Just my $0.02

  5. I appreciate your comments, all. It may be that some congregations are able to message their annual budget drives with a message about generosity. It seems that I can remember the shift about 15 years ago when budget drive messaging shifted from "pay your fair share' to "live a life of generosity." I don't think that messaging shift really moved the needle that much.
    My larger point, though, is that debt not income is the primary fact of middle class people's thinking about their personal situation. And that fact changes the choices people face: instead of spending for myself vs spending for others, it turns into 'being responsible (debt under control) vs. spending for others. It shifts the apparent moral equation.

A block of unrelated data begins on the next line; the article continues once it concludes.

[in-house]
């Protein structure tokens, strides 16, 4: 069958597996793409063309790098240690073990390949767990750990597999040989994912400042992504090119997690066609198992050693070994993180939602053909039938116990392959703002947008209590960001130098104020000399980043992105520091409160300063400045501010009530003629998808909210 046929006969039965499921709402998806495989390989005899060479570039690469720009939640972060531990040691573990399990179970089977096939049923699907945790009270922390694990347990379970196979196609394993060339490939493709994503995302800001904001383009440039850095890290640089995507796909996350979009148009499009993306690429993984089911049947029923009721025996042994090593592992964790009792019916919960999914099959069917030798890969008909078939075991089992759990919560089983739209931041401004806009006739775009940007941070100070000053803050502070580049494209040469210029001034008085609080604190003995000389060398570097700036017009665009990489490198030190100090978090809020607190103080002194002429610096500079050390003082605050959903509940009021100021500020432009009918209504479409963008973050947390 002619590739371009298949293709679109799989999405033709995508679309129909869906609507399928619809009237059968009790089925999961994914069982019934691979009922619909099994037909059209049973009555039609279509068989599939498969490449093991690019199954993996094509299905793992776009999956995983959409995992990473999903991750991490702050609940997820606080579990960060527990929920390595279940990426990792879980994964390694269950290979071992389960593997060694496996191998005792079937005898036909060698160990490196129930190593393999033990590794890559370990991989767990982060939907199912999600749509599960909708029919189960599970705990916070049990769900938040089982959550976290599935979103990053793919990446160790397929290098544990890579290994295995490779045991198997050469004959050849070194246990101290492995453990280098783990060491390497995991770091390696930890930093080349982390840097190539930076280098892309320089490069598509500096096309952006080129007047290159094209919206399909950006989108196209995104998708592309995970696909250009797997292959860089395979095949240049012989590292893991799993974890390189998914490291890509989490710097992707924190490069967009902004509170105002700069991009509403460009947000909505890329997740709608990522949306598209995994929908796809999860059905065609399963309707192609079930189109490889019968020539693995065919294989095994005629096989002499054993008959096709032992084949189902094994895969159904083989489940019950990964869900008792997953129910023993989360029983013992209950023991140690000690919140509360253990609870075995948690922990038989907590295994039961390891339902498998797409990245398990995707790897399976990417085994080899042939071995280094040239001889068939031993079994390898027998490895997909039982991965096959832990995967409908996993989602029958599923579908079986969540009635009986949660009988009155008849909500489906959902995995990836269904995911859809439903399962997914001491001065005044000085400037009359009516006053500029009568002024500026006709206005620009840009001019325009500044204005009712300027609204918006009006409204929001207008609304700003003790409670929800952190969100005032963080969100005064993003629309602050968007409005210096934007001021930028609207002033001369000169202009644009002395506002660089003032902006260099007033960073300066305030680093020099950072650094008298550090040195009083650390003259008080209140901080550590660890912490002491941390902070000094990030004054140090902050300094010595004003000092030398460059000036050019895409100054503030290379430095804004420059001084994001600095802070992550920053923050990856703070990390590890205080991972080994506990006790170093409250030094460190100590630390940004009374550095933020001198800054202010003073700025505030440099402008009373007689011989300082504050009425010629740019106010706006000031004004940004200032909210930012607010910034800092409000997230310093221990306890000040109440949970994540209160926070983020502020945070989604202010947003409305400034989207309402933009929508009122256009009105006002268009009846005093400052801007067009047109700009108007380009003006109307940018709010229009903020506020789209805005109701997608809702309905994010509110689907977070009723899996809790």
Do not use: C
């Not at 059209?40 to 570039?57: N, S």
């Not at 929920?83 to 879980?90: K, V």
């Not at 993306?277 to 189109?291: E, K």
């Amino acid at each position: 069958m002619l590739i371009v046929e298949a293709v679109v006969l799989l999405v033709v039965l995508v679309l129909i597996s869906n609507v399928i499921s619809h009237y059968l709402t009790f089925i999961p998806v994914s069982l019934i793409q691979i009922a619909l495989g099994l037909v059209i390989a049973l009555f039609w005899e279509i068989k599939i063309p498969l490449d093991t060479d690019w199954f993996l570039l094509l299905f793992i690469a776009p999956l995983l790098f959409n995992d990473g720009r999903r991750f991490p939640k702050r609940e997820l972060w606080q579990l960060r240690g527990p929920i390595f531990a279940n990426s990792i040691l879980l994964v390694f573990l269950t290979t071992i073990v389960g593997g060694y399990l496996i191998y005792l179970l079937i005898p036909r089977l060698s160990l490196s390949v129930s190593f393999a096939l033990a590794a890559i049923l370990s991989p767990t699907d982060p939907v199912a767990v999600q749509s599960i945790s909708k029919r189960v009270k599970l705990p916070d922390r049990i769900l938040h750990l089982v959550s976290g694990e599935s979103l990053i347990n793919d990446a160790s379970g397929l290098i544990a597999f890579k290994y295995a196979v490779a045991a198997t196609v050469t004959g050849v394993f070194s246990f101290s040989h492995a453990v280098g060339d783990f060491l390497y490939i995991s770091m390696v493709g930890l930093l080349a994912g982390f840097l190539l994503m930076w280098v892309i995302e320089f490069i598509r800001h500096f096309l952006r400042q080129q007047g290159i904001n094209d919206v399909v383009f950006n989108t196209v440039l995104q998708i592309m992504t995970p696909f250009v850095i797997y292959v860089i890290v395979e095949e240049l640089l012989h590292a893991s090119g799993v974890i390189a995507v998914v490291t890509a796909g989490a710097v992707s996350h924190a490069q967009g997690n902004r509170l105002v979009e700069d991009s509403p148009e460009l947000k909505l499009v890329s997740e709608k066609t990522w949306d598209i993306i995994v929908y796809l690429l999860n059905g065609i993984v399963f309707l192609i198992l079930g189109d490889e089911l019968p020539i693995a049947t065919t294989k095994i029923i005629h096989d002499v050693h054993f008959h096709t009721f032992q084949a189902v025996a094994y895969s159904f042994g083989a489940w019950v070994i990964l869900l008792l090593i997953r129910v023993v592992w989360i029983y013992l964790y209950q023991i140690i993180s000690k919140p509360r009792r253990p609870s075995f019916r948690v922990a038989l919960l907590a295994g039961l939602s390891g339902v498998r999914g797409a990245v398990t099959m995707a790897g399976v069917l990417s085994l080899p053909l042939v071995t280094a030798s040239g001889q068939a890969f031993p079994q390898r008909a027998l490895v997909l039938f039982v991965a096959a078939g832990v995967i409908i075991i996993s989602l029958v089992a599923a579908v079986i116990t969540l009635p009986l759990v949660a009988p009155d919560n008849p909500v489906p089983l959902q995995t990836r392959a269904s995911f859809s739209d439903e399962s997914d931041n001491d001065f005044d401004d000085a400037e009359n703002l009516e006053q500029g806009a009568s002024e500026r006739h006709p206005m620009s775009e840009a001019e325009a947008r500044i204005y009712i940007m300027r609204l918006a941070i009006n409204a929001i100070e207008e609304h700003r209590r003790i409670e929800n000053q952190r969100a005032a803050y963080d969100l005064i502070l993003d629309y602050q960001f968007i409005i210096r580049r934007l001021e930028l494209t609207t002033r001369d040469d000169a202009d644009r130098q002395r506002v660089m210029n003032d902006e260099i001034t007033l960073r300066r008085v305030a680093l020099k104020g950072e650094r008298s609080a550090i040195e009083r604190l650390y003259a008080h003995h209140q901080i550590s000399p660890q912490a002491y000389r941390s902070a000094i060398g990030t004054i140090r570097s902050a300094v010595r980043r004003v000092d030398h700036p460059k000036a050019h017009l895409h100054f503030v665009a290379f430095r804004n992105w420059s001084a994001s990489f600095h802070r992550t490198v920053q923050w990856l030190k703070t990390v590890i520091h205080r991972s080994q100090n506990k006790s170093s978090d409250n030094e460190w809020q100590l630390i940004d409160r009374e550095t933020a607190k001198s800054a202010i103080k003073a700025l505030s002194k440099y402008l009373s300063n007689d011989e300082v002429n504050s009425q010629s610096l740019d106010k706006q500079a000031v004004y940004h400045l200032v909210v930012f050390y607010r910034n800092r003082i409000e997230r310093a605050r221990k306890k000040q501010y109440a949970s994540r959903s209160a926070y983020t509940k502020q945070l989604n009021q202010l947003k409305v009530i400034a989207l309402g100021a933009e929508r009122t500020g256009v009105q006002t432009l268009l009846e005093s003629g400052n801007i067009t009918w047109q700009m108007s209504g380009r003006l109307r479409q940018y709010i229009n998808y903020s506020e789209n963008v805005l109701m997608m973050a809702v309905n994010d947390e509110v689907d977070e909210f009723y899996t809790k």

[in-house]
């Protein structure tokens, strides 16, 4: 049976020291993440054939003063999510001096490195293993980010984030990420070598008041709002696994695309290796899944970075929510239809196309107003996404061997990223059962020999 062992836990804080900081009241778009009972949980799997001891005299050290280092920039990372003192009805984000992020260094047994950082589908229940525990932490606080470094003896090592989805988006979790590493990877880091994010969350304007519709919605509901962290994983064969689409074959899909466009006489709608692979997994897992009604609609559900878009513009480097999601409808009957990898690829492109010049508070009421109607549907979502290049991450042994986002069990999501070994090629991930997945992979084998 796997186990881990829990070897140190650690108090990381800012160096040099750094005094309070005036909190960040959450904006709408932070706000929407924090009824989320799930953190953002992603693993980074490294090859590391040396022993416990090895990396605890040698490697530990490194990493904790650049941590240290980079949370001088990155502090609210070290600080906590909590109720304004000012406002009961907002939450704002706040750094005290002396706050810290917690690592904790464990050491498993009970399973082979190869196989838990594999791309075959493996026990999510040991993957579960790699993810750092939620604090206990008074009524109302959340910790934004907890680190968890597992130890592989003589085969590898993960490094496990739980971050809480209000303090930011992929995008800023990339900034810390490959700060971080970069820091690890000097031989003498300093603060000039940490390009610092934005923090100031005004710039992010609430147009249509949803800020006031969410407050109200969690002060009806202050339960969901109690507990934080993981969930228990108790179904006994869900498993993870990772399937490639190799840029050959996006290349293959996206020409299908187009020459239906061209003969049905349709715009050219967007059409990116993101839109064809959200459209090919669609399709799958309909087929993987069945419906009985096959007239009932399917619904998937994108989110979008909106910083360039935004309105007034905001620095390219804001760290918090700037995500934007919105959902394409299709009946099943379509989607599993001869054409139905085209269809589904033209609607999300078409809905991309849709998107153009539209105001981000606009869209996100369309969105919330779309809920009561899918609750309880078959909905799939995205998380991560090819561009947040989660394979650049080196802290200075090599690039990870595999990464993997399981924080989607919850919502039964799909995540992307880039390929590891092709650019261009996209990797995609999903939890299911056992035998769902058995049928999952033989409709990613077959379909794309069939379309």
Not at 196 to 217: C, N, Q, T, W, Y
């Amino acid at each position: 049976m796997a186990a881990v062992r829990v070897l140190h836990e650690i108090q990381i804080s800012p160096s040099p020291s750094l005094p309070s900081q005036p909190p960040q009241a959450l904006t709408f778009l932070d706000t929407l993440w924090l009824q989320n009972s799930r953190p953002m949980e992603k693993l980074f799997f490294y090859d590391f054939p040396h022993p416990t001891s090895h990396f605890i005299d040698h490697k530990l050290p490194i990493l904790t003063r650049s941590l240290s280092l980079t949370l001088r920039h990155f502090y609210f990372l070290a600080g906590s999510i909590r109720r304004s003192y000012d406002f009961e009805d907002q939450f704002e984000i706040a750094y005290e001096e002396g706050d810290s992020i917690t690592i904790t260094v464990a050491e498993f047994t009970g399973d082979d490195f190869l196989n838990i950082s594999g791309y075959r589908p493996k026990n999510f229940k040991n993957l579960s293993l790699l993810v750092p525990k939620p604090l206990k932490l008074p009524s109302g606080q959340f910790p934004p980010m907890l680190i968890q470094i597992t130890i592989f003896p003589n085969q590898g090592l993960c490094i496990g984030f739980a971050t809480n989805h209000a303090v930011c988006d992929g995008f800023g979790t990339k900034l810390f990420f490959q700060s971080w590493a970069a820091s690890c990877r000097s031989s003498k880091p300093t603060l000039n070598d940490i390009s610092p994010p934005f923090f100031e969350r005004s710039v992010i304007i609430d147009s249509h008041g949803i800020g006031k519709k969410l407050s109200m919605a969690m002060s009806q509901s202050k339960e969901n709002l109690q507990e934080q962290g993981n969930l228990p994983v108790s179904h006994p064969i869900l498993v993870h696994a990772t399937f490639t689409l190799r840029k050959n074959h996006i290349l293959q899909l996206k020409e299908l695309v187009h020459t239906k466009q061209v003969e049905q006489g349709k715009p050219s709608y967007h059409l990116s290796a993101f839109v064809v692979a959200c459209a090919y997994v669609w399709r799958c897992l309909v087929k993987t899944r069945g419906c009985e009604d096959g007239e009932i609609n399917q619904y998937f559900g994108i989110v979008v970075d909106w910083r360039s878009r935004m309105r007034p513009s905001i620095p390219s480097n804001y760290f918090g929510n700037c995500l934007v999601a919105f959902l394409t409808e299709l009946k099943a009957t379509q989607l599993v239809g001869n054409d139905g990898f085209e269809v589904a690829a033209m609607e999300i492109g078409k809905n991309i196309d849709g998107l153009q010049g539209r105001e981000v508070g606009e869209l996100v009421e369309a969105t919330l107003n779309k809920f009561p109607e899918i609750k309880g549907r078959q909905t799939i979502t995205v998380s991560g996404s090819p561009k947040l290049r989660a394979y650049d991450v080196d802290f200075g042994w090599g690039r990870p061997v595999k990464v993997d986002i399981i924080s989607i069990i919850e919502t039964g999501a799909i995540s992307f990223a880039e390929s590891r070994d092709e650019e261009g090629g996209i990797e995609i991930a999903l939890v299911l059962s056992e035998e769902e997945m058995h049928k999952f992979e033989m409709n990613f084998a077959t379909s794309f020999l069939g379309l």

To be generous when in debt requires a different non-shamed based understanding of debt. it is both a normal part of life under this system, and a systemic method of keeping money under the control of finance capital; it is a means of exploitation. To be generous in a debt system is to be defiant of the system -- to channel resources from centralized control and different forms of community control.